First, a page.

The Routledge Handbook on Israeli Security provides an authoritative survey of both the historical roots of Israel’s national security concerns and their principal contemporary expressions. Following an introduction setting out its central themes, the Handbook comprises 27 independent chapters, all written by experts in their fields, several of whom possess first-hand diplomatic and/or military experience at senior levels. An especially noteworthy feature of this volume is the space allotted to analyses of the impact of security challenges not just on Israel’s diplomatic and military postures (nuclear as well as conventional) but also on its cultural life and societal behavior.
Specifically, it aims to fulfill three principal needs.
- The first is to illustrate the dynamic nature of Israel's security concerns and the ways in which they have evolved in response to changes in the country's diplomatic and geo-strategic environment, changes that have been further fueled by technological, economic and demographic transformations;
- Second, the book aims to examine how the evolving character of Israel's security challenges has generated multiple – and sometimes conflicting – interpretations of the very concept of "security", resulting in a series of dialogues both within Israeli society and between Israelis and their friends and allies abroad;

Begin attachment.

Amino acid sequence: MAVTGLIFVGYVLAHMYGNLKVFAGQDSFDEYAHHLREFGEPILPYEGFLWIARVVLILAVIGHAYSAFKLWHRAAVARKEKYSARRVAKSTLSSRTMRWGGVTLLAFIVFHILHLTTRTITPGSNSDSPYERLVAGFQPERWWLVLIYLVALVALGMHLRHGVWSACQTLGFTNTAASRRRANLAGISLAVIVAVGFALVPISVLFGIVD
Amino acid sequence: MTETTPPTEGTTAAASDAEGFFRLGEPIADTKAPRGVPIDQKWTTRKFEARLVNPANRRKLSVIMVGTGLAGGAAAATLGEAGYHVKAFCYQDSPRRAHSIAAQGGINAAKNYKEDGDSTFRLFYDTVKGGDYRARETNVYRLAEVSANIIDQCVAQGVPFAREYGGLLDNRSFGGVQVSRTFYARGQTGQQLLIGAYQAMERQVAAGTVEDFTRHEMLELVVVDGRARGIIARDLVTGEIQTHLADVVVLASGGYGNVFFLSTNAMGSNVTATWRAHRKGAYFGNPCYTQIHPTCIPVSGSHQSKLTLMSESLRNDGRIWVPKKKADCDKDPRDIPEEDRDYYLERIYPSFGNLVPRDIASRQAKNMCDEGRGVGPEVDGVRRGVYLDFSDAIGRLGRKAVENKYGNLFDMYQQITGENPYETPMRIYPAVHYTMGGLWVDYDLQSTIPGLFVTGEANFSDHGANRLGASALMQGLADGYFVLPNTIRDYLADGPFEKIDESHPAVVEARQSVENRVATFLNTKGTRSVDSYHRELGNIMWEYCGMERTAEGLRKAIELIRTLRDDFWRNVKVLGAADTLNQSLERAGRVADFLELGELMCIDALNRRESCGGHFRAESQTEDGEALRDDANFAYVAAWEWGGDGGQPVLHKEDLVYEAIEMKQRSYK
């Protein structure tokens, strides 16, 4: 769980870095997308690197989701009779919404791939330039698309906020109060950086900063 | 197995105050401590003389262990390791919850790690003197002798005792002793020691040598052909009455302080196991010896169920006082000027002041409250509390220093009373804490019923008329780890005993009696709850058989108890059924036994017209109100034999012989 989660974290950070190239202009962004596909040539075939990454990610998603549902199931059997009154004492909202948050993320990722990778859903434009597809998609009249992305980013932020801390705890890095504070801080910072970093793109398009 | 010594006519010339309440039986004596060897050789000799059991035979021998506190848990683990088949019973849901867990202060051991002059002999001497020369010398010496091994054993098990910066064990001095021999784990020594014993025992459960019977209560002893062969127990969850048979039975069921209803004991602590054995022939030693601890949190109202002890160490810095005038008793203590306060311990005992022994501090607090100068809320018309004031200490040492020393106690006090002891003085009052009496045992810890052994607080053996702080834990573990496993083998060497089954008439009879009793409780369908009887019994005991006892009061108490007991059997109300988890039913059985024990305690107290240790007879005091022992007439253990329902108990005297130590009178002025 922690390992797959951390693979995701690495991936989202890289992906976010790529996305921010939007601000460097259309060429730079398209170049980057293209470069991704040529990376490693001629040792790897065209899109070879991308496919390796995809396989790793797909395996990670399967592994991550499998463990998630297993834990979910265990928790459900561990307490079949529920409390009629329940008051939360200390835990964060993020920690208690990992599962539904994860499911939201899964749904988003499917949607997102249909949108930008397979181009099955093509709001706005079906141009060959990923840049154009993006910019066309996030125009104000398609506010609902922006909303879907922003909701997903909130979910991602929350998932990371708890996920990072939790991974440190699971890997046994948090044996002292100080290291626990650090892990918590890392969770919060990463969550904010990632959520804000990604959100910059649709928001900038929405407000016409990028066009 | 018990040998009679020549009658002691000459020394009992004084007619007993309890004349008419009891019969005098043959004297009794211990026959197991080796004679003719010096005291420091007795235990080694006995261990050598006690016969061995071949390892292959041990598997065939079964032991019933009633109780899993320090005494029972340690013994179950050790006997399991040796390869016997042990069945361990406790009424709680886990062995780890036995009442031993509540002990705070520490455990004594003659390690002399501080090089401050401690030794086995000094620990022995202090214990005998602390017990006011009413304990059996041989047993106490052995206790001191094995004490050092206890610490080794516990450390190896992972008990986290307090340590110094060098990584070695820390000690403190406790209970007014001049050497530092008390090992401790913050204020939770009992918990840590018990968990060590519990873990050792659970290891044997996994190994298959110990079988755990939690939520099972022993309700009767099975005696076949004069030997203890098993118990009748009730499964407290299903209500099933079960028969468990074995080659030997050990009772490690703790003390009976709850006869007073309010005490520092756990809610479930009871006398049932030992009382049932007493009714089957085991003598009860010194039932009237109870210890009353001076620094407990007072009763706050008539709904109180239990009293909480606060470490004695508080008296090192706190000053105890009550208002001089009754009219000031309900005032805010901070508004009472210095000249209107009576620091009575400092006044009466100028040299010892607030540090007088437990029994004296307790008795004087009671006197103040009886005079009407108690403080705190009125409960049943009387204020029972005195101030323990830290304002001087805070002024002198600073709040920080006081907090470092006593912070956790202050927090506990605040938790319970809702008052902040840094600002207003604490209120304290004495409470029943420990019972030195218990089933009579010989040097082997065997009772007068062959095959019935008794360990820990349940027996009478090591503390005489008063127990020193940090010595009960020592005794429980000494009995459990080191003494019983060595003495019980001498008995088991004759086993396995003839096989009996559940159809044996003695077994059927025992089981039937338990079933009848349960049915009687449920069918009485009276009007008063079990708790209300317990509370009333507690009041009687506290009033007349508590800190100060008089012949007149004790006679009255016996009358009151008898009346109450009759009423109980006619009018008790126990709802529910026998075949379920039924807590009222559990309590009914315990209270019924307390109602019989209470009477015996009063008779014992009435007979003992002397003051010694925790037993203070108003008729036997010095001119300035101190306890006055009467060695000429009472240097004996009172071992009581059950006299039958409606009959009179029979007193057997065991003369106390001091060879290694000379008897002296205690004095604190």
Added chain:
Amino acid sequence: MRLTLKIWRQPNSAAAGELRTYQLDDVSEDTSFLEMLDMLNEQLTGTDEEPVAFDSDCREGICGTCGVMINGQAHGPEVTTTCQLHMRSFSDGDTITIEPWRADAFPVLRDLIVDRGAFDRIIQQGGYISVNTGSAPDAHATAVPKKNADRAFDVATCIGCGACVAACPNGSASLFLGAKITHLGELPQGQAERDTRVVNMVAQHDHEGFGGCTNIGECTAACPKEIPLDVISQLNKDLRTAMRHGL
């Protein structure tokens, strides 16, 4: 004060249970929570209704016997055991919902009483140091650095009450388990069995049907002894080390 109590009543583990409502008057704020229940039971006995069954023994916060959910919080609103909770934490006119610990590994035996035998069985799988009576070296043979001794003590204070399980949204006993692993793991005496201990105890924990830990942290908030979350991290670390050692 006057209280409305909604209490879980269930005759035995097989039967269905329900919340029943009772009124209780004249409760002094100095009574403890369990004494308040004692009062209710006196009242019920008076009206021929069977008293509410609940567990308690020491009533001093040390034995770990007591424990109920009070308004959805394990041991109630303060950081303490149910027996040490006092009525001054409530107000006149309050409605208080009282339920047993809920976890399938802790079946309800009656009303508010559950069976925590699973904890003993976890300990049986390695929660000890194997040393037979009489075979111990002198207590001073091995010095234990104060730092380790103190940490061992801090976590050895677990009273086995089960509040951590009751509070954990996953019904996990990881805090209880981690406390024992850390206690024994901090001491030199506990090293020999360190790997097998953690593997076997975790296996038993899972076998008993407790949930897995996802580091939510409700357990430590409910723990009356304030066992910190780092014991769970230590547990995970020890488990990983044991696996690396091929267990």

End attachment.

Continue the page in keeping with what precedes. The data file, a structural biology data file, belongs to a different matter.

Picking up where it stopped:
- Finally, it also discusses how areas of private and public life elsewhere considered inherently "civilian" and unrelated to security, such as artistic and cultural institutions, nevertheless do mirror the broader legal, economic and cultural consequences of this Israeli preoccupation with national security.
This comprehensive and up-to-date collection of studies provides an authoritative and interdisciplinary guide to both the dynamism of Israel’s security dilemmas and to their multiple impacts on Israeli society. In addition to its insights and appeal for all people and countries forced to address the security issue in today’s world, this Handbook is a valuable resource for upper-level undergraduates and researchers with an interest in the Middle East and Israeli politics, international relations and security studies.
About the Editors
Stuart A. Cohen is a graduate of Oxford University and Professor Emeritus of Political Studies at Bar-Ilan University, Israel. His current research focuses on military–societal relations in Israel. His most recent book is Divine Service? Judaism and Israel's Armed Forces (2016).
Aharon Klieman is a graduate of Johns Hopkins University’s School of Advanced International Studies. He has been a member of Tel-Aviv University’s Department of Political Science since 1969 and is currently Professor Emeritus. He is the editor of Great Powers and Geopolitics: International Affairs in a Rebalancing World (2015).